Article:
Thursday, March 3, 2022

Gardening Space

Spring is fast approaching, and many of us are thinking about gardening as the days get longer. As I write this in early March, many of the local farmers are fine-tuning their field equipment and gearing up for planting. Local gardeners are raking the leaves and winter debris off of their plots and getting the tillers ready for when the frost is out and they can start another season of growing food and flowers.

Growing your own food can be a good way to supplement or replace what is available in the stores, and it doesn't rely on a stressed supply chain that has recently left some shelves bare or with limited choices. Controlling your own food supply is always a good idea for preppers, and working in the dirt with your own hands to produce it will reinforce an appreciation for the food you eat. Most of us take food for granted in our daily lives, and missing a meal is unusual unless we're fasting for one reason or another. Gardening can also be a relaxing way to take time off from daily stress and enjoy a bit of nature.

However, problems arise when we don't have easy access to a suitable piece of land to grow food on. Apartment dwellers, renters that can't tear up a yard, prisoners to Home Owners Associations (HOAs) with strict rules about the appearance of properties, owners of lots too small to provide room, and those who live in arid or rocky regions unsuitable to gardening can't easily grow their own food. There are options like hydroponics and vertical gardening that can grow small amounts of food, but if you're looking to replace a large portion of what you normally buy, you're going to need to find a plot of dirt.

Land is expensive. Good quality farmland around me is currently selling for $12-15,000 per acre, and it usually comes in parcels that are too large for a simple garden. Since an acre of land is 43,560 square feet and a large garden is about 1,000 square feet (20' x 50'), it doesn't make sense to be looking at land just for a garden. Farmland is broken down roughly by the square mile (a “section”) that is further divided into quarters of 160 acres each. Each quarter-section is then divided into four, 40-acre plots for most cases. Geography and waterways will always complicate where lines are drawn, but this is the “standard” way land is divided in rural areas. At $15,000 per acre, that 40 acre plot is $600,000, and a quarter-section is close to $2.5 million. We have a lot of “paper millionaires” around here --farmers that are “worth” several million because of their land, but their annual income is closer to a factory worker than a stock broker.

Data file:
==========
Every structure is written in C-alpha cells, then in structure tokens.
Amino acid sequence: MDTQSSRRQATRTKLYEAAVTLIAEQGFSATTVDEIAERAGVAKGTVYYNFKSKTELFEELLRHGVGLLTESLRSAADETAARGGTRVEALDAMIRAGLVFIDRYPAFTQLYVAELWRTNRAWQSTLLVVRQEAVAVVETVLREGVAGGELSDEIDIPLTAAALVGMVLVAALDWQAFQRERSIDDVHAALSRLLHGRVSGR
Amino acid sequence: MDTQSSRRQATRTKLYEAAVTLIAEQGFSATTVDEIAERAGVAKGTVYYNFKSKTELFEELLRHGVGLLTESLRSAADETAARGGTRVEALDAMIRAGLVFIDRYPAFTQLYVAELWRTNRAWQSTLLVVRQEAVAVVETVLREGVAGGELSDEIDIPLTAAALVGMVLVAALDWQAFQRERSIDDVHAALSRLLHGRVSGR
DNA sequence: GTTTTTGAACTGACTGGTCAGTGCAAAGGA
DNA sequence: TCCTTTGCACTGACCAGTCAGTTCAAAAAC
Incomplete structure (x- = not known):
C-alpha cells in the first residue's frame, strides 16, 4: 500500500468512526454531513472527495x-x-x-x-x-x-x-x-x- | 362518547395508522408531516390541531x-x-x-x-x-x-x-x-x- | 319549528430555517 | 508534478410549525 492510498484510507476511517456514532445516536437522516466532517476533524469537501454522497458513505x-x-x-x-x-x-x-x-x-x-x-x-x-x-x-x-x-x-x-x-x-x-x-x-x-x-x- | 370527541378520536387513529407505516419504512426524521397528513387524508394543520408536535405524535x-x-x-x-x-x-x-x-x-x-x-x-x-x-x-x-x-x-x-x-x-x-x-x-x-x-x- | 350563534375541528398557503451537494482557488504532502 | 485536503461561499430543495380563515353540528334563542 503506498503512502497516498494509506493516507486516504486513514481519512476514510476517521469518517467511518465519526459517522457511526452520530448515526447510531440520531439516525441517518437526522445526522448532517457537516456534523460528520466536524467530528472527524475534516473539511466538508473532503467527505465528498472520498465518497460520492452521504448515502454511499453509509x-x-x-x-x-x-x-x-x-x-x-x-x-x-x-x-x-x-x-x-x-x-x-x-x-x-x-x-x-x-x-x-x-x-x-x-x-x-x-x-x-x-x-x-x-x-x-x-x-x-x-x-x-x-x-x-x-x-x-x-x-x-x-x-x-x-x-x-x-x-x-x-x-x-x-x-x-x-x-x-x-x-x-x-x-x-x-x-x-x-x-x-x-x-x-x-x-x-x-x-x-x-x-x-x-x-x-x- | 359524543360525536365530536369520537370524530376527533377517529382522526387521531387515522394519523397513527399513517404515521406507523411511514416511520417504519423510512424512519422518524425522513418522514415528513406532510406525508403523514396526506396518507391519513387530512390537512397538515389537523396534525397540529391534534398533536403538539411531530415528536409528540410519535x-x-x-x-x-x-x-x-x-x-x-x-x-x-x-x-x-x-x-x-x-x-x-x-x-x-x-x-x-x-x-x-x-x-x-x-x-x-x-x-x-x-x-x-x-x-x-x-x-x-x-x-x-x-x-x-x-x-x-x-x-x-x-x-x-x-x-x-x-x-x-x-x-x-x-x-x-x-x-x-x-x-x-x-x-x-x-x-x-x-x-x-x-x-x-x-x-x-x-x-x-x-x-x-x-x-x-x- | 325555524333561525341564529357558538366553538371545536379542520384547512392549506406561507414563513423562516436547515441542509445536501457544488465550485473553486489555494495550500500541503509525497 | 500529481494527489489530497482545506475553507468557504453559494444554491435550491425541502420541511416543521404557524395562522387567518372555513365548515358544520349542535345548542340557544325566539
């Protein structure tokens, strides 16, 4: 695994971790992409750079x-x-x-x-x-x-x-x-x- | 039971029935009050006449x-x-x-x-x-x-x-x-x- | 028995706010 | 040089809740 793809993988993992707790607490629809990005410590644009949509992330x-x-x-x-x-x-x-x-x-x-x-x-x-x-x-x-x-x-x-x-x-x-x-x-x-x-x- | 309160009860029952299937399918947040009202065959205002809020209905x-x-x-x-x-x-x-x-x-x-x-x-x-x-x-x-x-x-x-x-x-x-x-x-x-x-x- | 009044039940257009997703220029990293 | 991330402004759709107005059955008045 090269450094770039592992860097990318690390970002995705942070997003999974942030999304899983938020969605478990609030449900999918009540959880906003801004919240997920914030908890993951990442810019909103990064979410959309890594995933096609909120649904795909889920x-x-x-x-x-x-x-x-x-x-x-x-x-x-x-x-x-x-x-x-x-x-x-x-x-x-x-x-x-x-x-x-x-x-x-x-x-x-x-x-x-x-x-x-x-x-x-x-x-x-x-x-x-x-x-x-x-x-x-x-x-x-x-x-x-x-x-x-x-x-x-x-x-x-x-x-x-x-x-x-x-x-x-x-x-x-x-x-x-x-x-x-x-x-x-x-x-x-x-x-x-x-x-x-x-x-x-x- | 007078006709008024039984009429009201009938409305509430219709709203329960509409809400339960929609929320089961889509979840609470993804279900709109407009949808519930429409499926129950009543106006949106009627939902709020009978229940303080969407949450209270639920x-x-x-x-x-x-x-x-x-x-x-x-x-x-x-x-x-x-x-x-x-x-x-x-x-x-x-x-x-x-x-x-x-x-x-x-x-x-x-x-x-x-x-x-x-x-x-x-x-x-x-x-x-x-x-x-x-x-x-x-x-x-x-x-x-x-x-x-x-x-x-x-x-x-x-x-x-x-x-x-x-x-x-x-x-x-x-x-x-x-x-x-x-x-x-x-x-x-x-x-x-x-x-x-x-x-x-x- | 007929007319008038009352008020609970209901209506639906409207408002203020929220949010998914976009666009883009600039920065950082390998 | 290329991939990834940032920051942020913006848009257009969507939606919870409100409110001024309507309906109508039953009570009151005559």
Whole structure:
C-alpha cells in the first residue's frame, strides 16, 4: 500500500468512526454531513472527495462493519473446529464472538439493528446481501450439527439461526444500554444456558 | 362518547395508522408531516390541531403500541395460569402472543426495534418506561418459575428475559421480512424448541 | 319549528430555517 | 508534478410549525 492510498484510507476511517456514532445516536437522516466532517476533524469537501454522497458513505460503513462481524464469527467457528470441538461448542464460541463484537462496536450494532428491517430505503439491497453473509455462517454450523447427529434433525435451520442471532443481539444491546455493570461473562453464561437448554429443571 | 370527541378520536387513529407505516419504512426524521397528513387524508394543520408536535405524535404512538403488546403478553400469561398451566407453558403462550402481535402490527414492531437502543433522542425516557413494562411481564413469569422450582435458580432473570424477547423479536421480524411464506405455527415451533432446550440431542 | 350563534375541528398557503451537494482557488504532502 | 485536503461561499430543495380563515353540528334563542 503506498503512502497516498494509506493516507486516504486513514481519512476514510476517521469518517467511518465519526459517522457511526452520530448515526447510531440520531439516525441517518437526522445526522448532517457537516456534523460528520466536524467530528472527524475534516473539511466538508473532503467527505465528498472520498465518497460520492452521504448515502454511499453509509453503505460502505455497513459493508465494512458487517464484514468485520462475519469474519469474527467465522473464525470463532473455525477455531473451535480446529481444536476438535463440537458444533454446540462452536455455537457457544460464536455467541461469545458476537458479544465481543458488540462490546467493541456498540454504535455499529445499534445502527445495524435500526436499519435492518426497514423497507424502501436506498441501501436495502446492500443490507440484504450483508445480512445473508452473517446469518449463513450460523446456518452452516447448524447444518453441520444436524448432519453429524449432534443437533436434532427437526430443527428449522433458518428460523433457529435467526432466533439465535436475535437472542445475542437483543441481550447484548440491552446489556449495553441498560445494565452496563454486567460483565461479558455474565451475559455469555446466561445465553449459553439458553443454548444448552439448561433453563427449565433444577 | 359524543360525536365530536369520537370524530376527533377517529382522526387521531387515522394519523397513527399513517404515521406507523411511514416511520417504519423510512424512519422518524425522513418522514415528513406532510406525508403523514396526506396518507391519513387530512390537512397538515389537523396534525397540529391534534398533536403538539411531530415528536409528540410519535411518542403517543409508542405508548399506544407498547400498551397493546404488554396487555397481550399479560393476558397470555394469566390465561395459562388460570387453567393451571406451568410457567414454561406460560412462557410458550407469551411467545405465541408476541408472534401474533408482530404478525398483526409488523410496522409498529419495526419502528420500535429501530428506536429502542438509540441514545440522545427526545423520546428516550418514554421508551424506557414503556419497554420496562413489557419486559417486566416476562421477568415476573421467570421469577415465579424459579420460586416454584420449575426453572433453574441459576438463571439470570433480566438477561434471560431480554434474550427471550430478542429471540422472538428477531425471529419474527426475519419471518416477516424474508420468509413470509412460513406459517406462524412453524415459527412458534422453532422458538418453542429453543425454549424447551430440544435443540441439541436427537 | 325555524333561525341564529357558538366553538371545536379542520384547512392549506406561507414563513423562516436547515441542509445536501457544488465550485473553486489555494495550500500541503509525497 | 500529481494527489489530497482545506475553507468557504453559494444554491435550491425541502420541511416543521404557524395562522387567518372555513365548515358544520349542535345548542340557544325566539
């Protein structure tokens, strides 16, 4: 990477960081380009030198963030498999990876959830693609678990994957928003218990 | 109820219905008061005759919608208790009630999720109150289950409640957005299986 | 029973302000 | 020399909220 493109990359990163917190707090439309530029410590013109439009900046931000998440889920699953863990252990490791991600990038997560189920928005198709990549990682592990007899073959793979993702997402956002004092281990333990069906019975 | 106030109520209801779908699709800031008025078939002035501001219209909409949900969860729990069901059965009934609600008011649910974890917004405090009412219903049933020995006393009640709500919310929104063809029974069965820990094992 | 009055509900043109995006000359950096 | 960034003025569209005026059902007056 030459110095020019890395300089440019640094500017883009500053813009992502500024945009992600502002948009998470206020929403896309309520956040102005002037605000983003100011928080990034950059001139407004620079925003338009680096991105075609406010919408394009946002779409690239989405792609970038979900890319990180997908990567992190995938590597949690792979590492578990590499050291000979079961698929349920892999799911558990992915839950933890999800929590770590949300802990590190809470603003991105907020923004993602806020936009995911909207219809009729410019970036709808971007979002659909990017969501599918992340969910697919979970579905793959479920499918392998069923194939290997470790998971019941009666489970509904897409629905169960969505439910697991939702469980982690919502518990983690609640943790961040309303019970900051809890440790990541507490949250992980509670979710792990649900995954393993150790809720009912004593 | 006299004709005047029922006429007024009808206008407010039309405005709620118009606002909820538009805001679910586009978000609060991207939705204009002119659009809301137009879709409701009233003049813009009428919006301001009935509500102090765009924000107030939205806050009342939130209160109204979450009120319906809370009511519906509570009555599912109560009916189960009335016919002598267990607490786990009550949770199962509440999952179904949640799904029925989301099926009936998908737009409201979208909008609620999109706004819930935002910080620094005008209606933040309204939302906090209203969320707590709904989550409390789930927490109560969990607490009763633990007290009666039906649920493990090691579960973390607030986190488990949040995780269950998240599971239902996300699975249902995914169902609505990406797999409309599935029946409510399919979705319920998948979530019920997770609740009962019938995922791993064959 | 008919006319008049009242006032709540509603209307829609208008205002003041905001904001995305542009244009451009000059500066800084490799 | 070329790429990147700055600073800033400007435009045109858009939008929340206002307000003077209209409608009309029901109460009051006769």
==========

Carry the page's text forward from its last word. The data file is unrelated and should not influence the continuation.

Since most of us don't need and can't afford a farm-sized plot of land, we have to look at other options if we want to have a garden. Friends and family are my first choice; if you know someone with extra space; it wouldn't hurt to ask about renting or using some of it for your garden. If that doesn't work for you, there are other ways to find garden space:

  • Shared Earth is a service for matching land owners and renters for gardening. Type in your address and it will find available space near you. I had a few problems with their website, but the concept is solid.
  • Yard-Yum has a decent webpage. Their FAQ states that a 20' x 20' (400 sq ft) garden plot rents for $30-100 per year depending on area and amenities; raised beds and paved paths generally cost more.
  • Your local extension office. Most states have an agricultural extension service run by one of the state universities, and they exist to help farmers and gardeners. The amount of information they can provide varies by state, but since it's your tax dollars that have paid for it, you should look into what they offer.
  • Online services like Facebook Marketplace and Craigslist are another option for finding local space for rent. Your local area may have other online markets, look around.

Most garden landlords will want rent in cash, but some are willing to accept a portion of your crop as payment (share-cropping is the old term). Contracts vary by location and owner, so make sure you read and understand what you're signing up for:

  • Expect clauses that cover chemical use, since the person growing organic foods in the plot next to you may not want your over-spray.
  • I've not heard of anyone requiring a deposit like a house rental, but I wouldn't be surprised to see it.
  • Check for the availability of a compost pile for organic debris and a dumpster for trash. Waste has to go somewhere.
  • Hours of availability will vary. Weekends and daylight hours should be open, but don't be upset if a landlord doesn't want people wandering around his property in the middle of the night.

Good luck growing this year! Fresh food always tastes better, and producing your own makes you a little less dependent on others.

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